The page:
It was a punch to the stomach. I sat there in silence, staring at the floor. My Boss told me he was letting me go. I was terminated without cause.
Six months earlier I had received a significant pay raise and an outstanding performance review. I was on the Senior Management team and I had worked under three different presidents. All things considered; my career was going well. Suddenly, it was all over.
Let’s face it, a job loss never feels good. I still remember those hurt feelings nine years later.
While losing your job is something that you can’t always prepare for, this experience taught me a few things. Similar to a final exam, you should be prepared to be tested in the following areas:
Your ability to adapt
A job provides us with structure and daily routine. You’ve lost that. Given that you’ve started looking for that next job, how will you spend the rest of your free time? Will you take on new responsibilities (eg. household chores)? Will you change your spending habits? Will you take better care of your body by exercising and eating healthy on a regular basis? Will you spend time in prayer and the Word of God? Be prepared to get out of your comfort zone.
The number one issue that causes fights amongst married couples is money. The loss of income can be devastating on a household. You and your spouse may not agree on finance decisions, potentially leading to heated arguments. Words can get harsh. Don’t let your anger turn into bitterness. We are not perfect. We sin. Give each other the benefit of the doubt. Be gracious in your words. Hold each other tight. Forgive each other. Pray together. Laugh together! Remember, your marriage is God ordained. God delights in our marriages.
A job loss can bring shame, particularly if you’re a man. You may feel demoralized. You’ve lost a part of your identity. What about your character? Will you give into self-pity? Allow others to help you? Will you be patient with your family? Or will you strive to be sober-minded, self-controlled and manage your household well? [1 Timothy 3:2-5] True character shows when things get tough. Lean into the character traits that God has set for you.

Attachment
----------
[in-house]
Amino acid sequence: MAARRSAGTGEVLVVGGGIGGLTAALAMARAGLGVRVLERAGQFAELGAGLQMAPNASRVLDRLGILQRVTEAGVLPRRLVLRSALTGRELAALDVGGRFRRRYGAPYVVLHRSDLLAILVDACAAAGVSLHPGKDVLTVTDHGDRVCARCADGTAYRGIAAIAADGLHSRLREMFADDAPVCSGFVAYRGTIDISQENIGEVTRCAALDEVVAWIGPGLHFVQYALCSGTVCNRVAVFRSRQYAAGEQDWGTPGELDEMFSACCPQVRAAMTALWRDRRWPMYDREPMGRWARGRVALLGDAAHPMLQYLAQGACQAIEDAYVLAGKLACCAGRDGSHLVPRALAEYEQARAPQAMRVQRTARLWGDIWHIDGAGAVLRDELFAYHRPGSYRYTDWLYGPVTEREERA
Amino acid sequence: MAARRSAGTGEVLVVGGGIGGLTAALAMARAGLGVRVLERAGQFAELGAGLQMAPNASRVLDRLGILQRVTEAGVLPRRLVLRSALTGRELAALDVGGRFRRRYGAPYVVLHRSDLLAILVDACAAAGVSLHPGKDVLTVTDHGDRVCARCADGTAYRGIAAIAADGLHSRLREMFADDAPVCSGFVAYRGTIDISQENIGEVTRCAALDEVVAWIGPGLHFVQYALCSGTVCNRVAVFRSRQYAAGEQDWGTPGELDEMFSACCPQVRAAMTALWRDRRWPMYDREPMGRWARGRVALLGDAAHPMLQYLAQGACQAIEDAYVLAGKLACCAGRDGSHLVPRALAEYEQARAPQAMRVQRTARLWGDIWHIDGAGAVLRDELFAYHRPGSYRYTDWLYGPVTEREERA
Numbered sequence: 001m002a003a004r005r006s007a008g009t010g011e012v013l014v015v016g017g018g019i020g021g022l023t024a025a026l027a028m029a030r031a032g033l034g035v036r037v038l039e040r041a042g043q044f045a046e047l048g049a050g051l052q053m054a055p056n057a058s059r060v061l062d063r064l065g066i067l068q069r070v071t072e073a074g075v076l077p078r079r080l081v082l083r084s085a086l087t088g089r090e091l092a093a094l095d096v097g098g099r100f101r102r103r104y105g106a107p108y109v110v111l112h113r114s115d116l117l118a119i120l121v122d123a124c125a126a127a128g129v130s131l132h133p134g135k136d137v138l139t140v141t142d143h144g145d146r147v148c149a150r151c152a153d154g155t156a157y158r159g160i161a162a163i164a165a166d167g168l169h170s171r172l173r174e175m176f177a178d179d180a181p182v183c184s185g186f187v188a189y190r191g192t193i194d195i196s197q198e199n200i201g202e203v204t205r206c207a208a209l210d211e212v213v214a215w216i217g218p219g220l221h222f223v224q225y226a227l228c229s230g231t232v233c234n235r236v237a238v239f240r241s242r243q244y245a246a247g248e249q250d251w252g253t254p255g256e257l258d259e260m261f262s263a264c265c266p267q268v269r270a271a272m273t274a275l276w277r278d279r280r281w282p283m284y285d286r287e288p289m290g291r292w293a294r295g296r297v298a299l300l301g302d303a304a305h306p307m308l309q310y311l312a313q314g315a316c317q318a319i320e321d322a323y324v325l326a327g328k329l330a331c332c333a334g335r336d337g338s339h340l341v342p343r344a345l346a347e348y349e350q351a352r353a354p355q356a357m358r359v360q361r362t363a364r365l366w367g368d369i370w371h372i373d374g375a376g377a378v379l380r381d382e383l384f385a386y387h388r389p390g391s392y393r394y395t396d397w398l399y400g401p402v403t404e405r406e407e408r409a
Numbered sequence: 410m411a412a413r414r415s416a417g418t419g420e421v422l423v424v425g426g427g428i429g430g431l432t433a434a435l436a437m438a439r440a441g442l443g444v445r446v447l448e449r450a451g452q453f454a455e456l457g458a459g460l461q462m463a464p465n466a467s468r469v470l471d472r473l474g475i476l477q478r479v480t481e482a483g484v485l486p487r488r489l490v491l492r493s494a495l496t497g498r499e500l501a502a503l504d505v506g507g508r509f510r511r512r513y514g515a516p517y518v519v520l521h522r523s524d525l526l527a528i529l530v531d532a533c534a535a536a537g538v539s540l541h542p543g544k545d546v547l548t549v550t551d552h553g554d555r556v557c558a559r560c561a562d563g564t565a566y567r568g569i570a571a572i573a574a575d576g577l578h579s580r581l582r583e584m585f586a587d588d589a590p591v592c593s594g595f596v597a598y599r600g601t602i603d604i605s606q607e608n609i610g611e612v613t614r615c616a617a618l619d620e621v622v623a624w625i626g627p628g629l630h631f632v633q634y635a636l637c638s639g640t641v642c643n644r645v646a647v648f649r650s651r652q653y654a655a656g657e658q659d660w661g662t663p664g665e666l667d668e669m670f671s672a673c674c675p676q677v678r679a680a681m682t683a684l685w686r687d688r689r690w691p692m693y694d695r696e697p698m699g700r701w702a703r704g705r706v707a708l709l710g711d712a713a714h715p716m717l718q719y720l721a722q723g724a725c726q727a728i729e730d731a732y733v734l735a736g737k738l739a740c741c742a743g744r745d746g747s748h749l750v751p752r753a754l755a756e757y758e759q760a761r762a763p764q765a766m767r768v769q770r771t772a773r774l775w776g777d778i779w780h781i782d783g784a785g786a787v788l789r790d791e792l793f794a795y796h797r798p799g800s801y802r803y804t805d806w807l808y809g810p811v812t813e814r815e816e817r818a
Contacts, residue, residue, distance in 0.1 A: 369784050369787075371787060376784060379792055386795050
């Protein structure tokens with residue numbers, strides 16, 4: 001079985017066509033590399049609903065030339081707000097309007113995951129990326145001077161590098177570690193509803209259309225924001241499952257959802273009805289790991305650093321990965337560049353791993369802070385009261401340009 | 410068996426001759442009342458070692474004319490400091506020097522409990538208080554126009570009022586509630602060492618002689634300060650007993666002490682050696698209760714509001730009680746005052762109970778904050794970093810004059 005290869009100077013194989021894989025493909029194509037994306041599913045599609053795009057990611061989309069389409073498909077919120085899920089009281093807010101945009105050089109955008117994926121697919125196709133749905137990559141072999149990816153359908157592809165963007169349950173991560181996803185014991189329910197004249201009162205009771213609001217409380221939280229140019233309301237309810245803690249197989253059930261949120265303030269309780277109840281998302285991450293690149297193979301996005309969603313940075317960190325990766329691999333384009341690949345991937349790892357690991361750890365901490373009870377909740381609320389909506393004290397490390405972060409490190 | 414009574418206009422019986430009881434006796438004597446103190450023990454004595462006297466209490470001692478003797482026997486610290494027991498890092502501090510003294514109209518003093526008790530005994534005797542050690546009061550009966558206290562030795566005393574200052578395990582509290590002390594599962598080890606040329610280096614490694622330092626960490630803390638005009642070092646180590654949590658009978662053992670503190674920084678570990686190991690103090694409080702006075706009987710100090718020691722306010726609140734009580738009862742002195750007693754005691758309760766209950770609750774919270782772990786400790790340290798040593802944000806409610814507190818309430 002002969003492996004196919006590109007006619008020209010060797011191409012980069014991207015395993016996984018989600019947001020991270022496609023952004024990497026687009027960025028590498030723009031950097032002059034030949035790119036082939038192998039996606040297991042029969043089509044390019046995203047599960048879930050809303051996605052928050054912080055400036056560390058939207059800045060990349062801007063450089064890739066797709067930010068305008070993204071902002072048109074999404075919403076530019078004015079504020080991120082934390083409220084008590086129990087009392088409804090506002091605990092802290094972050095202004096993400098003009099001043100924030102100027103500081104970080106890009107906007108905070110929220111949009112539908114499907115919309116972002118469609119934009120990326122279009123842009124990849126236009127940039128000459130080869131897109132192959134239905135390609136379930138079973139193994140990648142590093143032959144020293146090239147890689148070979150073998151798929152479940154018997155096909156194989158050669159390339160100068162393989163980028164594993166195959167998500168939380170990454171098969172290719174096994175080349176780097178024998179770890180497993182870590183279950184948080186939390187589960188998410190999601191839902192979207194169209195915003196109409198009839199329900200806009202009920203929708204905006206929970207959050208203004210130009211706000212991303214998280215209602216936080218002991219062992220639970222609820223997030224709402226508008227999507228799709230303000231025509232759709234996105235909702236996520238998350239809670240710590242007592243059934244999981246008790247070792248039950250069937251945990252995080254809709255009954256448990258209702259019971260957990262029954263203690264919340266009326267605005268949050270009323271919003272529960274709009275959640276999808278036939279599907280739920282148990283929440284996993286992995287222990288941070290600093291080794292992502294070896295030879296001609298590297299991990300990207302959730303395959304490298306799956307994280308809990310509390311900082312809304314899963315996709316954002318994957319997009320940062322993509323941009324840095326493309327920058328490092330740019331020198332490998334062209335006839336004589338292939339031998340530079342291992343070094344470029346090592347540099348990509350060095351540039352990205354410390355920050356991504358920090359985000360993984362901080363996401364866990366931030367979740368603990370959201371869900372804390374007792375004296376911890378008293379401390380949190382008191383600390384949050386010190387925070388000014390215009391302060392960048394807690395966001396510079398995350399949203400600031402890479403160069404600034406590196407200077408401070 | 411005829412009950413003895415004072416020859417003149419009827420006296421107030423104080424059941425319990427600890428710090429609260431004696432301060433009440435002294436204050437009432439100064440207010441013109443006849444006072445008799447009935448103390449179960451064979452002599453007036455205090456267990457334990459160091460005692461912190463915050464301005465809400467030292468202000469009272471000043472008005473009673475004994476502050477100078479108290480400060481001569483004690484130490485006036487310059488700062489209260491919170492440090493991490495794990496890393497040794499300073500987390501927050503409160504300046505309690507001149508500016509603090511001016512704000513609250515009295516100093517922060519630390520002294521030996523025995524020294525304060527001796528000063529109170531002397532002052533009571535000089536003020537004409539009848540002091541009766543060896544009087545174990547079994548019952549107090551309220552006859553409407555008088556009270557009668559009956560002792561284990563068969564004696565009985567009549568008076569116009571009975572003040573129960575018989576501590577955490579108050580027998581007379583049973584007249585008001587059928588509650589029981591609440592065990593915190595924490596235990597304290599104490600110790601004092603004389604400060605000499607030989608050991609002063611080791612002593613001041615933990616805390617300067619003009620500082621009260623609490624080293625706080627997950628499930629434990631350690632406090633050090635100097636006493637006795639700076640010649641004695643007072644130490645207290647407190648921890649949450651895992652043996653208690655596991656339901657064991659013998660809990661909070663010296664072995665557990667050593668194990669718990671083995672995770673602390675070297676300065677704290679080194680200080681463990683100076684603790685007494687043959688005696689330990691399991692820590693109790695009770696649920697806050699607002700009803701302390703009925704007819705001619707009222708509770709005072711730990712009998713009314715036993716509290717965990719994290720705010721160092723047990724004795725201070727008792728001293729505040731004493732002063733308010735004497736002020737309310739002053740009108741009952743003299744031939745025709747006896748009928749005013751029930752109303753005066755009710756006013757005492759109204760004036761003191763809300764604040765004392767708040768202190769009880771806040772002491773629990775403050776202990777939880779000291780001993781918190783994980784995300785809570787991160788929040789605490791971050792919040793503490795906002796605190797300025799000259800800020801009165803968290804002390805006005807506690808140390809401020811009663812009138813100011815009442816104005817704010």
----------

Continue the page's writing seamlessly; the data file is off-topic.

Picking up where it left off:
Your service to others
Initially, there was a lot for me to process, “What just happened? How will I provide? What will people think of me?” The only thing that mattered was what happened to me. This type of thinking can become self–focused and all consuming. I felt shame, fear and anxiety. But If you allow those thoughts to control you, you lose the bigger picture of your life. Take a step back. Believe it or not, this is not the worst thing that can happen to you. Sure, take time to care for yourself, but don’t stop loving, serving and praying for others. Sharing the gospel doesn’t stop. Self-isolation does not need to be a barrier. Be available. Be proactive.
Your trust in God
Our kids were little when I lost my job. During our bedtime prayers, they would ask God to provide me with a job. I told them, a job is something I want, but what I really wanted was to be steadfast and honor God. My actions were not always perfect, but I wanted to show them that it was okay not to have things that we desire most. It was okay to continue and encourage others when I felt discouraged. It was okay to remain patient and at peace when my job applications got rejected. It was okay to not be resentful when my circumstances didn’t seem fair to me.
My unemployment lasted for 14 months. This current season will be difficult for many of us. We don’t know when it will pass. Let me invite you to rest today in our perfect Father. To allow Him to speak truth into your life. Let us, even in our unemployment, give glory to God in this time.